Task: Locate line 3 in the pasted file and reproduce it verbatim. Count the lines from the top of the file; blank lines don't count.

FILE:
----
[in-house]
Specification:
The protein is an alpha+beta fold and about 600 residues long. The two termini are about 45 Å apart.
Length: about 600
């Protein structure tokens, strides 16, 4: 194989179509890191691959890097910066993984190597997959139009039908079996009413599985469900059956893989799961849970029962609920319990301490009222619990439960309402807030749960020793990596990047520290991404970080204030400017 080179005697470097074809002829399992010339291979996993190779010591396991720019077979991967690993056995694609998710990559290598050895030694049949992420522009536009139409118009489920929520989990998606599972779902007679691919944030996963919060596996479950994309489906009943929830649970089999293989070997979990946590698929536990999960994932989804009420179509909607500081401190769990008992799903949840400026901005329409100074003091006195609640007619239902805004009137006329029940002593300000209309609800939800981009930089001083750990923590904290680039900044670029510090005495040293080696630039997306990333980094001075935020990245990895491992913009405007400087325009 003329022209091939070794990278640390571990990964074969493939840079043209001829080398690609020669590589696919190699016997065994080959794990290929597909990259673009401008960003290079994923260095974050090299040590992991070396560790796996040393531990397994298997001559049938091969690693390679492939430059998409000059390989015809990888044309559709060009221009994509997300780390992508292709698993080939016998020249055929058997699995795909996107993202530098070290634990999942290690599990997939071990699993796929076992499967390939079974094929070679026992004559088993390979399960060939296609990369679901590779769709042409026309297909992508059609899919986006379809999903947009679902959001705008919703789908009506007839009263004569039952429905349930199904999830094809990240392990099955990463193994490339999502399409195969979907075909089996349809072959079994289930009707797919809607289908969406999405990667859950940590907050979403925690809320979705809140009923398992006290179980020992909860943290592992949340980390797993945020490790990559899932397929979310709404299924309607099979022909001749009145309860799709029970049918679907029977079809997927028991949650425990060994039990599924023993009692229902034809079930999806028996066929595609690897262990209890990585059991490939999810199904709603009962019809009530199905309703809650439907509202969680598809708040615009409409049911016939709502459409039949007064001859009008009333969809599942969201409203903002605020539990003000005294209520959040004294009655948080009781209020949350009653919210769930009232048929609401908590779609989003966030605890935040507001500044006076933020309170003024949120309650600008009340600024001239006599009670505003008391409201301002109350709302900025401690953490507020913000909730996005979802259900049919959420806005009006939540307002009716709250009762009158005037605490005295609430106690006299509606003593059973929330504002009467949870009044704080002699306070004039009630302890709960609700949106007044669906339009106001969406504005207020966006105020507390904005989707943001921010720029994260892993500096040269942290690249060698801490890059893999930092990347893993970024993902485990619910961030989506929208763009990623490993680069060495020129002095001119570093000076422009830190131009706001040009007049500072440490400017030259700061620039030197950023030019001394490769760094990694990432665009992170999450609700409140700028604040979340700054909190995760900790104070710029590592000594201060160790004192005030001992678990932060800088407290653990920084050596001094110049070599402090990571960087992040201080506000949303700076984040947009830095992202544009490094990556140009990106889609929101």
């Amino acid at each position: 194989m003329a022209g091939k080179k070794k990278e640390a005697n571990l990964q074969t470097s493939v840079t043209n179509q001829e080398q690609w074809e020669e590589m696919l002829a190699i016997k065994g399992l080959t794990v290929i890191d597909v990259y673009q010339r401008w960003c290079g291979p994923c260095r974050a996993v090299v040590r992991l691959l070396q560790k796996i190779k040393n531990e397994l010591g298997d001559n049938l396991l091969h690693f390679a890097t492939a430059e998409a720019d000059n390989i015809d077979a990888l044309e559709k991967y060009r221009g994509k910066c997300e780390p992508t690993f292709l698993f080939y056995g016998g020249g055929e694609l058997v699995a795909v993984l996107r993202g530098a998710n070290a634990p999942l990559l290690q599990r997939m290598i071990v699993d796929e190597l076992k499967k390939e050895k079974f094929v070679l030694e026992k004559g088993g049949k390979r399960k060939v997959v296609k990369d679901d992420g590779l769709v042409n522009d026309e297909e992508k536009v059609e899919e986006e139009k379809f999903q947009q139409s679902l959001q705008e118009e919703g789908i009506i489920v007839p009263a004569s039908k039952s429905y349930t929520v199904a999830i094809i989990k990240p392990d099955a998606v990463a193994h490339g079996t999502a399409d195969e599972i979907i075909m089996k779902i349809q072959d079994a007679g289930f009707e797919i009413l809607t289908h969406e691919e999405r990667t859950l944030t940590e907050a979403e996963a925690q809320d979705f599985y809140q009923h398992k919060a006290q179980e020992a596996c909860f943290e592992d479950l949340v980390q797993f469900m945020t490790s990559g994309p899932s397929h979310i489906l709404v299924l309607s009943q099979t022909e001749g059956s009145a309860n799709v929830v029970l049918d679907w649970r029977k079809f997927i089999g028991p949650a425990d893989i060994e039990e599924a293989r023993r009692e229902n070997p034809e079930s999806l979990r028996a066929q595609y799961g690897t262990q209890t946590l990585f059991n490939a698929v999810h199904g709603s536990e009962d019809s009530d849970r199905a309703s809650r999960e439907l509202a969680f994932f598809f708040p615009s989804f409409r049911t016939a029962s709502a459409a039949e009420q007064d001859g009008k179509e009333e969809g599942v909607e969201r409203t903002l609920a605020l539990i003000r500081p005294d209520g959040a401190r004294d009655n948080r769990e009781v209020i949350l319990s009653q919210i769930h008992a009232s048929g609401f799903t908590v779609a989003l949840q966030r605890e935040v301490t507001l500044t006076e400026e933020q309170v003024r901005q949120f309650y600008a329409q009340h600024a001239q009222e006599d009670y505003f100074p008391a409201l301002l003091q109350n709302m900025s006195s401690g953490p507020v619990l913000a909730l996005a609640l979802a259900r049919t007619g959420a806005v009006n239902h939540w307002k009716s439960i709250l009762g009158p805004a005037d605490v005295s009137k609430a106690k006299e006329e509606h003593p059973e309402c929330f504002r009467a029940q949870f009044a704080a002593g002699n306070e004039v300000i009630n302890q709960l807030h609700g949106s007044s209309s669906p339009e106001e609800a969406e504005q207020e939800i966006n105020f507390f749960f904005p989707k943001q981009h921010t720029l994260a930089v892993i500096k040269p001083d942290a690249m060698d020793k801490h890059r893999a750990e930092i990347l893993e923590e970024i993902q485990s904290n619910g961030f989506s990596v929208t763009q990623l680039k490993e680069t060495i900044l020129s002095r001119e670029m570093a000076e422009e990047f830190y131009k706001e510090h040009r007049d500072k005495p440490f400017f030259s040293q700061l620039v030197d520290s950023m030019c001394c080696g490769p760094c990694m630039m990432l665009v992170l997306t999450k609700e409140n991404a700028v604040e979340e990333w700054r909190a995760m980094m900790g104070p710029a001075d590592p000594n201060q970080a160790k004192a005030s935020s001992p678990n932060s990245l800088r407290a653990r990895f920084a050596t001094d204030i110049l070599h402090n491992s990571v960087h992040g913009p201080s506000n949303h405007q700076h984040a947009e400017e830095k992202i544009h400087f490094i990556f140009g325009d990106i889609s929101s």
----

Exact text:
The protein is an alpha+beta fold and about 600 residues long. The two termini are about 45 Å apart.